Mason’s WAC Program

The WAC Program at George Mason University holds as a core belief that, at heart, all campuses are communities of writers. Course assignments, grant proposals, research articles, social media posts, and annual review portfolios: Mason’s faculty, staff, and students are frequently writing. The WAC program upholds this campus-wide “culture of writing” via a commitment to student writers, faculty writers, and writing-enriched coursework across all disciplines.

Our Mission

To enable all Mason faculty and units to meaningfully integrate writing into their teaching and curricula

Our Goals

Our core mission informs the projects we undertake with our cross-campus network of partners. Our integrated, project-based approach aims to accomplish the following goals:

When students are given frequent opportunities for writing across the university curriculum, they think more critically and creatively, engage more deeply in their learning, and are better able to transfer what they have learned from course to course, context to context.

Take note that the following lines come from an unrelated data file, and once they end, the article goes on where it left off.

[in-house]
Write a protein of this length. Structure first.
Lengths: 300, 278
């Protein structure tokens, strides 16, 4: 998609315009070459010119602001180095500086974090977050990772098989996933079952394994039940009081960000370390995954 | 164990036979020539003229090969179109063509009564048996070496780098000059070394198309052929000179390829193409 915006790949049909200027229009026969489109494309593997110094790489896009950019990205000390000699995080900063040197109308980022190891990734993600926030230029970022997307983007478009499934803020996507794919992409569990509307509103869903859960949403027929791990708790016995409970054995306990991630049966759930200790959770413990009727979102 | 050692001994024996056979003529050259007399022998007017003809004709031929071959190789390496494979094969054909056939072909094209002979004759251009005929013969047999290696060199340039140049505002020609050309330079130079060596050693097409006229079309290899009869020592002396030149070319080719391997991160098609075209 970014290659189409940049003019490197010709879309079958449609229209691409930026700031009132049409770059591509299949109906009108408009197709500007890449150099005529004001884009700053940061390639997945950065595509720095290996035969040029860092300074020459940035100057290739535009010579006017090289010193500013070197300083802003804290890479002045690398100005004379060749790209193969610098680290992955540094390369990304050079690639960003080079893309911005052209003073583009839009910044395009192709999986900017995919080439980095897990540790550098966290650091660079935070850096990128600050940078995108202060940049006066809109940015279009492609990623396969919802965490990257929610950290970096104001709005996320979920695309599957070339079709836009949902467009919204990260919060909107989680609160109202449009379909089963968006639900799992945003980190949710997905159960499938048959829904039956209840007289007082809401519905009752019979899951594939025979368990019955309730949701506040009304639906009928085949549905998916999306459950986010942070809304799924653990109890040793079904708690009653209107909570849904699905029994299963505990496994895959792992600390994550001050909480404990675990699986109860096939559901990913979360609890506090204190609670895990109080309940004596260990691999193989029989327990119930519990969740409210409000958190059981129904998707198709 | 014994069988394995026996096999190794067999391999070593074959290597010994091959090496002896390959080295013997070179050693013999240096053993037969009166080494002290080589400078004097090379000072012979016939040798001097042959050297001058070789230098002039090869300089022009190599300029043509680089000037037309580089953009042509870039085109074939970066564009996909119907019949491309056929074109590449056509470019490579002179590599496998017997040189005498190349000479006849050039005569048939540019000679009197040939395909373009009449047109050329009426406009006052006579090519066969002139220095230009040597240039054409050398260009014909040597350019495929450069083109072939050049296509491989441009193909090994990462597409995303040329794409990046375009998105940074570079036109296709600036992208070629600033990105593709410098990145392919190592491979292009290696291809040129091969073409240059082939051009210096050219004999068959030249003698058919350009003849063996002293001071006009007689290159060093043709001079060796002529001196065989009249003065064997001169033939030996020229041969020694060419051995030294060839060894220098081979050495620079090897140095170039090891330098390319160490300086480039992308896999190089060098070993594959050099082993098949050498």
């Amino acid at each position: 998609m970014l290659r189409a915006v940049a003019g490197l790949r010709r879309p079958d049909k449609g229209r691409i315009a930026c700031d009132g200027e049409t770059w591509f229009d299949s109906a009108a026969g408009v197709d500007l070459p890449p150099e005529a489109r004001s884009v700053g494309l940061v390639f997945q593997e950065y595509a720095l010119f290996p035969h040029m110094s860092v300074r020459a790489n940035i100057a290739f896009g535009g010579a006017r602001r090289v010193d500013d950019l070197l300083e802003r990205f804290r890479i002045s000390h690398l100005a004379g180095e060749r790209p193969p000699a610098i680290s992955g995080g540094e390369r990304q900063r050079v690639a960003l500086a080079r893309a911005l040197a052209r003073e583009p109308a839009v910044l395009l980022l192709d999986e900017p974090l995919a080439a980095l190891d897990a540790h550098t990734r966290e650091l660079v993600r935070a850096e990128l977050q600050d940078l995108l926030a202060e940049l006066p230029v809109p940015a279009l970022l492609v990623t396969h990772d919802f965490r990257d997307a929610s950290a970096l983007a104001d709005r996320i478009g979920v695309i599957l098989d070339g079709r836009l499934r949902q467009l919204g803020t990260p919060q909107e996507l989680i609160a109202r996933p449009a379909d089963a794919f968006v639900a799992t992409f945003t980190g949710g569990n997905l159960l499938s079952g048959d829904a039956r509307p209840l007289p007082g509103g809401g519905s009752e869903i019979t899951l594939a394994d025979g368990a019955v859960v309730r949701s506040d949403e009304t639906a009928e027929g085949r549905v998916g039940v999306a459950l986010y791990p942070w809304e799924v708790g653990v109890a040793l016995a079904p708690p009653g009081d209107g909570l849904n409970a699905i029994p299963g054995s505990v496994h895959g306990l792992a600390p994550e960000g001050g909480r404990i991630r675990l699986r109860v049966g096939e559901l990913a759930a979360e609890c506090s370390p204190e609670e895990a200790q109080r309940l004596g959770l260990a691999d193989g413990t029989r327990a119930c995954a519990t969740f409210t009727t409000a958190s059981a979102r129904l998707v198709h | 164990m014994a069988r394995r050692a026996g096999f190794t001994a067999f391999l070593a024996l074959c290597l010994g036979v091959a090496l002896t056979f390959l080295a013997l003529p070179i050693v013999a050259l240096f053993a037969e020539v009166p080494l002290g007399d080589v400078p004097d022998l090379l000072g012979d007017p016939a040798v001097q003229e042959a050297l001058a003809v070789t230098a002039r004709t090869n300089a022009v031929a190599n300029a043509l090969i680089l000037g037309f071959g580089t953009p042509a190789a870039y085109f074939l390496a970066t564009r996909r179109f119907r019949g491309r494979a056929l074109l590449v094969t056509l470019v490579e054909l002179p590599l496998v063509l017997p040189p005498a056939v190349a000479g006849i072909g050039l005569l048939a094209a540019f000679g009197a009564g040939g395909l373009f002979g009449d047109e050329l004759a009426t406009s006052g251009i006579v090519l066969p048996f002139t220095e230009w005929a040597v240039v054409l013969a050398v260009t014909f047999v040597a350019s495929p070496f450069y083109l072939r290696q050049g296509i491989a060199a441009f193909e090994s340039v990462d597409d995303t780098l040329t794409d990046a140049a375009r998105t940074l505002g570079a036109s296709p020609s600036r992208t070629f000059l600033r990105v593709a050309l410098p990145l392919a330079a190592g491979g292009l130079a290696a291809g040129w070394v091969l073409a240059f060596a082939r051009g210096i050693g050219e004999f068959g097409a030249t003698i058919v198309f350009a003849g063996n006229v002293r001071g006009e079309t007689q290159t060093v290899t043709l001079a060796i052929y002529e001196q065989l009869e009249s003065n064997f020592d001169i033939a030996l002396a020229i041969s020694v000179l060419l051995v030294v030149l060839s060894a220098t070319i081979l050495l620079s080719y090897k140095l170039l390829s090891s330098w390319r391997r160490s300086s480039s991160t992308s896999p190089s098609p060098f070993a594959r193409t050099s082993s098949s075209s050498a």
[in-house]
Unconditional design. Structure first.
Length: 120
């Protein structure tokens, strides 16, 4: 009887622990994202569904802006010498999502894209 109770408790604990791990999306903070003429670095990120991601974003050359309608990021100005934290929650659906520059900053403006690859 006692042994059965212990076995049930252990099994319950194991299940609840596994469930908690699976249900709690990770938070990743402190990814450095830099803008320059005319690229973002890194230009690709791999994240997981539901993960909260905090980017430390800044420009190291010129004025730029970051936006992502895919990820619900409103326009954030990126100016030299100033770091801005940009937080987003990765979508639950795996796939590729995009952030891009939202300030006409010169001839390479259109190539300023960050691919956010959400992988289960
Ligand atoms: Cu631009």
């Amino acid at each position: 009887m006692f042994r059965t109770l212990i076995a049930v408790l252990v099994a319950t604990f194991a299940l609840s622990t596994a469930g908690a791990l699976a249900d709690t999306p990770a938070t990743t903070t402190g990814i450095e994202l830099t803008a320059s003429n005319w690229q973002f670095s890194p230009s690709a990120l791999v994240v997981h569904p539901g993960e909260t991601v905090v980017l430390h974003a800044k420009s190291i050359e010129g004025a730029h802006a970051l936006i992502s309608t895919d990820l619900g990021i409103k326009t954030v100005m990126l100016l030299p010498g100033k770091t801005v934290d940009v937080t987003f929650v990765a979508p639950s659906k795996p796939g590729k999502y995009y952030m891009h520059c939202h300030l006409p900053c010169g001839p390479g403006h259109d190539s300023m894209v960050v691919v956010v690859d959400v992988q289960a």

• Promote writing as a tool for learning and critical thinking
  • Support the teaching of writing across the curriculum
  • Advise departments on writing curriculum and faculty development
  • Research and assess writing and teaching with writing in the disciplines
  • Support faculty writing and research productivity and well-being

WAC Principles and Practices

Our WAC program is guided by the INWAC Statement of WAC Principles and Practices. In particular, WAC Mason recognizes that:

  • Writing is an important tool for learning and discovery as well as for conveying what has been learned and discovered.
  • Students gain proficiency as writers when they have frequent opportunities to write in courses across the curriculum, addressing a range of audiences and practicing the genres typical of their majors and the workplaces they will enter.
  • Faculty across the curriculum share responsibility for helping students learn the conventions and rhetorical practices of their disciplines.
  • Students benefit from having opportunities to revise based on meaningful feedback from their teachers, that is, feedback that teaches and provides direction rather than focusing solely on error.
  • Writing instruction must be continuous throughout students’ undergraduate and graduate education.